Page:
Jawort’s talk, scheduled for June 2 at the Butte library, was canceled a day earlier after county officials decided to err on the side of caution after receiving a complaint via Facebook about whether her talk would violate the new law.

Jawort, who is Northern Cheyenne, was invited back to Butte on June 20 by a nonprofit foundation. About 100 people attended, The Montana Standard reported.

She talks about how two-spirit people — which includes transgender people — have been part of Native American tribes for generations and were accepted for who they were and sometimes revered. She did not dress in drag, but wore a black dress and hat along with purple lipstick and fingernail polish.

“It was gracious of her to return,” said library director Steph Johnson, who attended the talk.

Rachel Corcoran dressed up as literary, historical or pop culture characters to teach special education students at a Billings high school, and still wears costumes at times when she visits classrooms while coaching teachers of first-time English learners, she said.

As a member of the LGBTQ+ community, Corcoran said she was aware the drag ban had been proposed, but soon “realized it was going to impact me as a teacher, specifically with dressing up for school days or how I wanted to run a classroom or celebrate for homecoming or Red Ribbon Week,” a drug prevention campaign.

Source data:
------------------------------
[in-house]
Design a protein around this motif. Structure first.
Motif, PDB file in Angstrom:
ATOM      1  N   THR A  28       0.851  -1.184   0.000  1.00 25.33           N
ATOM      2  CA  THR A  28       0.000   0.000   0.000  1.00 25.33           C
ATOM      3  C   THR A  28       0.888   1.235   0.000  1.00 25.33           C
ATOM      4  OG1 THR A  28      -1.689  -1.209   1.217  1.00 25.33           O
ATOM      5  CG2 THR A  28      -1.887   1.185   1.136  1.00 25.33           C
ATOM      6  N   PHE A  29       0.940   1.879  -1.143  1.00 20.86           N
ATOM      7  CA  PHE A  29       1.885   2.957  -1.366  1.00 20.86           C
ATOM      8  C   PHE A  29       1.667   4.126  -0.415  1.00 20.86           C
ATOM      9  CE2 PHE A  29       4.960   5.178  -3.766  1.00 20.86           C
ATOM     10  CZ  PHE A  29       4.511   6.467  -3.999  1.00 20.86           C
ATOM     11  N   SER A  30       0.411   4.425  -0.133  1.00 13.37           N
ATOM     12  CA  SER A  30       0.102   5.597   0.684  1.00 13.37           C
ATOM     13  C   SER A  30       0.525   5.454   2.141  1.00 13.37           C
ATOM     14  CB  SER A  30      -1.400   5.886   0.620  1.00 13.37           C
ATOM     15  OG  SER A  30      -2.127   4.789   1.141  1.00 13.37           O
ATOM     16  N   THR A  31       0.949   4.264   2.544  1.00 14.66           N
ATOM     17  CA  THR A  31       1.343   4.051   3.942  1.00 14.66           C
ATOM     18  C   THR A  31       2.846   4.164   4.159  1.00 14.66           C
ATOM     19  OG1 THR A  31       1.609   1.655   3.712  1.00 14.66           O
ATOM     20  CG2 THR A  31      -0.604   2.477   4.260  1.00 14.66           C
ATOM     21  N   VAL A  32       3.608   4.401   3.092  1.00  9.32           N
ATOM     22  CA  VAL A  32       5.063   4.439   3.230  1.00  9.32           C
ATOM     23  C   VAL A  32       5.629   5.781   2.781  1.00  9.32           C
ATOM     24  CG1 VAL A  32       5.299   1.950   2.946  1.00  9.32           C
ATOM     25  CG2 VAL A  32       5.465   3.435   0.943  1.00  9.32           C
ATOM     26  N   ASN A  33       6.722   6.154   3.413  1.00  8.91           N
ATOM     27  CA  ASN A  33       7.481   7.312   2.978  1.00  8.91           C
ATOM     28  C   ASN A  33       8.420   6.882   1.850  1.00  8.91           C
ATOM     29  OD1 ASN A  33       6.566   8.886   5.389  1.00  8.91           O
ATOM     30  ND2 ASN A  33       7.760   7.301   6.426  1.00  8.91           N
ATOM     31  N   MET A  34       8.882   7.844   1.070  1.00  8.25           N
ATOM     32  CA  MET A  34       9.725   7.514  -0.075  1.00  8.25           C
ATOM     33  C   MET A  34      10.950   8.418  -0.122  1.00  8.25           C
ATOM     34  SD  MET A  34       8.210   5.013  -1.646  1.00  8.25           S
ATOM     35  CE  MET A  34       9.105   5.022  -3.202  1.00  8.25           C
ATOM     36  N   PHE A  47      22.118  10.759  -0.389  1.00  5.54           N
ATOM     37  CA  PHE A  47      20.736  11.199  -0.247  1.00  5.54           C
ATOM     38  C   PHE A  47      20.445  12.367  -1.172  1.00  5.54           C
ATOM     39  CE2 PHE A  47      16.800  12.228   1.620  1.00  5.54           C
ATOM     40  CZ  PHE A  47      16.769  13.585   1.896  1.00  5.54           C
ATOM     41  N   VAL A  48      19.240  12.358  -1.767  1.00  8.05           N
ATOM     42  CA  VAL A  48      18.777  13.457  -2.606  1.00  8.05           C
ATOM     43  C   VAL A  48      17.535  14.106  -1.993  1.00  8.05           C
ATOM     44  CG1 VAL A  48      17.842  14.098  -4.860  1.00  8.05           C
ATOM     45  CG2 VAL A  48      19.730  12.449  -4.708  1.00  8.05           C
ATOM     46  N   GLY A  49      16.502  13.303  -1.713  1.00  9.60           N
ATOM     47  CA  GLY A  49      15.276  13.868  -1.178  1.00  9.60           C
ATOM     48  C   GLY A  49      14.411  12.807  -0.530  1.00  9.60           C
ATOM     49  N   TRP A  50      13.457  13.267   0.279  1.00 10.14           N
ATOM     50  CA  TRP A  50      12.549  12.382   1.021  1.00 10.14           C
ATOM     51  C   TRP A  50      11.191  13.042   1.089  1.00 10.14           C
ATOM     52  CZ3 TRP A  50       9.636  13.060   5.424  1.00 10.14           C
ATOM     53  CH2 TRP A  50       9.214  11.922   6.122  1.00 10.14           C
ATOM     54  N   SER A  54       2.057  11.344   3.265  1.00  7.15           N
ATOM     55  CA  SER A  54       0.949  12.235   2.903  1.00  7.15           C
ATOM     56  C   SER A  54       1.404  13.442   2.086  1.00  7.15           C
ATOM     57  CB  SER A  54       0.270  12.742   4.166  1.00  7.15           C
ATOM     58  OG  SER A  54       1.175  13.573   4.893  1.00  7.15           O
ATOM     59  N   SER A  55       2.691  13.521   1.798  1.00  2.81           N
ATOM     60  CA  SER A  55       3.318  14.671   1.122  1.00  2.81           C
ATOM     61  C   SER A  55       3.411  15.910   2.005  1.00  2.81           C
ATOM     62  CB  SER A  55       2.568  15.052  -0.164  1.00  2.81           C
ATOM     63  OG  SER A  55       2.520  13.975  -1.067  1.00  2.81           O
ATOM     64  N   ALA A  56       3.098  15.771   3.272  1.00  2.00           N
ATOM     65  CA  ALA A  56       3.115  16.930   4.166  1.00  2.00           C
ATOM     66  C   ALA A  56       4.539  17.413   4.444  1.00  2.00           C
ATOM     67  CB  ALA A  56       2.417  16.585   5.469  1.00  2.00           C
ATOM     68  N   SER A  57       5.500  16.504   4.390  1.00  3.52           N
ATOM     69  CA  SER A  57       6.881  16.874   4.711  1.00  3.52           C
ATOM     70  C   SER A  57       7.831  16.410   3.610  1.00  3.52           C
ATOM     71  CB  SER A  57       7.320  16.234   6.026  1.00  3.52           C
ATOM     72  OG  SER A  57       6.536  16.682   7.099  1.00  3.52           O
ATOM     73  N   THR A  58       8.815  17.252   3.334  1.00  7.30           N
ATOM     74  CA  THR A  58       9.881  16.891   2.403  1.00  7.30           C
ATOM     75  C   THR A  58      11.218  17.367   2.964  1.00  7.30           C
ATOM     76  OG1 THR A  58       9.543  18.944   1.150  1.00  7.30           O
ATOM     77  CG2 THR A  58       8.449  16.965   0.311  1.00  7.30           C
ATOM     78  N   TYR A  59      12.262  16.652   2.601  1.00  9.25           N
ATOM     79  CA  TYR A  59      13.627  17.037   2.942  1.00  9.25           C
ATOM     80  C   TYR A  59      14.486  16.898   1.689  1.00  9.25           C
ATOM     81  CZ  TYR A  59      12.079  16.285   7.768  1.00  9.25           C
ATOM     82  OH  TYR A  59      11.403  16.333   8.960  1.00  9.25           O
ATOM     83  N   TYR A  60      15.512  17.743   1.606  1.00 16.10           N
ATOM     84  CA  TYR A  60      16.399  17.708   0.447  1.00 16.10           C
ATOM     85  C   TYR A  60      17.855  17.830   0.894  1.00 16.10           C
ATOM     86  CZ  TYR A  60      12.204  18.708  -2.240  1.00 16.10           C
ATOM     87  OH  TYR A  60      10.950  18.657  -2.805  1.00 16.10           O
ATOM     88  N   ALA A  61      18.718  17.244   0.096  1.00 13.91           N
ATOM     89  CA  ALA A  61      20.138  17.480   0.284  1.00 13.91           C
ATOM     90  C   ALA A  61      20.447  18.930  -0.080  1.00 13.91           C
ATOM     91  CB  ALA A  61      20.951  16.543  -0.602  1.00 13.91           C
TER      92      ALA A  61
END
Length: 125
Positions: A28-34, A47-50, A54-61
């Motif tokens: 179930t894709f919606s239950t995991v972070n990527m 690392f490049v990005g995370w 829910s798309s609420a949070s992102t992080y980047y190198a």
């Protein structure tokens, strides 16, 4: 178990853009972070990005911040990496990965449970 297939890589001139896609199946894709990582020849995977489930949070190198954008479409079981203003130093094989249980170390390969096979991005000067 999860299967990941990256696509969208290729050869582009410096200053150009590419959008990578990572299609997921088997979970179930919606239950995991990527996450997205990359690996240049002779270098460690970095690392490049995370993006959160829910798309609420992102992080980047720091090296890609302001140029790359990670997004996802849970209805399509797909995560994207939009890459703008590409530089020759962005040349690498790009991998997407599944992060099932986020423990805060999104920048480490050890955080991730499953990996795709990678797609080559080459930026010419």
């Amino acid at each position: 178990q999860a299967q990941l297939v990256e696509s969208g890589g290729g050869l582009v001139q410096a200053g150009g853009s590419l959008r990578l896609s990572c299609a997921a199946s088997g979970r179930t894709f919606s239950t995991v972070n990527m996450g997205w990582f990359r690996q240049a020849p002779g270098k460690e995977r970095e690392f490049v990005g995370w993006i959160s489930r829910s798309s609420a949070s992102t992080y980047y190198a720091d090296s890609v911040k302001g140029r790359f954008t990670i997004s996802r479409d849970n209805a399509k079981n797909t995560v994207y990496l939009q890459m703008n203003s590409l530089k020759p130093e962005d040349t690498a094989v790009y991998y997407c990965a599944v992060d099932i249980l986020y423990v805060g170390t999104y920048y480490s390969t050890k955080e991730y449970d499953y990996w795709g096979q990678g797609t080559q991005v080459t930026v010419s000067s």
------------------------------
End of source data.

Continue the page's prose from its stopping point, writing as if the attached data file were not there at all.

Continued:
Other plaintiffs in the case include businesses, organizations and community centers that plan and host all-ages drag events, a fitness studio and an independent theater that receives state grants and may show PG-13 or R-rated films. Such films could violate the part of the law that prohibits sexually oriented performances in locations that receive any funding from the state if minors are present.

The bill’s co-sponsors, which included more than half the Republicans in the state Legislature, sought to forbid drag shows “and stifle the expression of individuals who do not conform to conventional gender presentations,” the lawsuit charges.

People who support such legislation believe drag performers are inherently sexual, but they aren’t, Jawort said.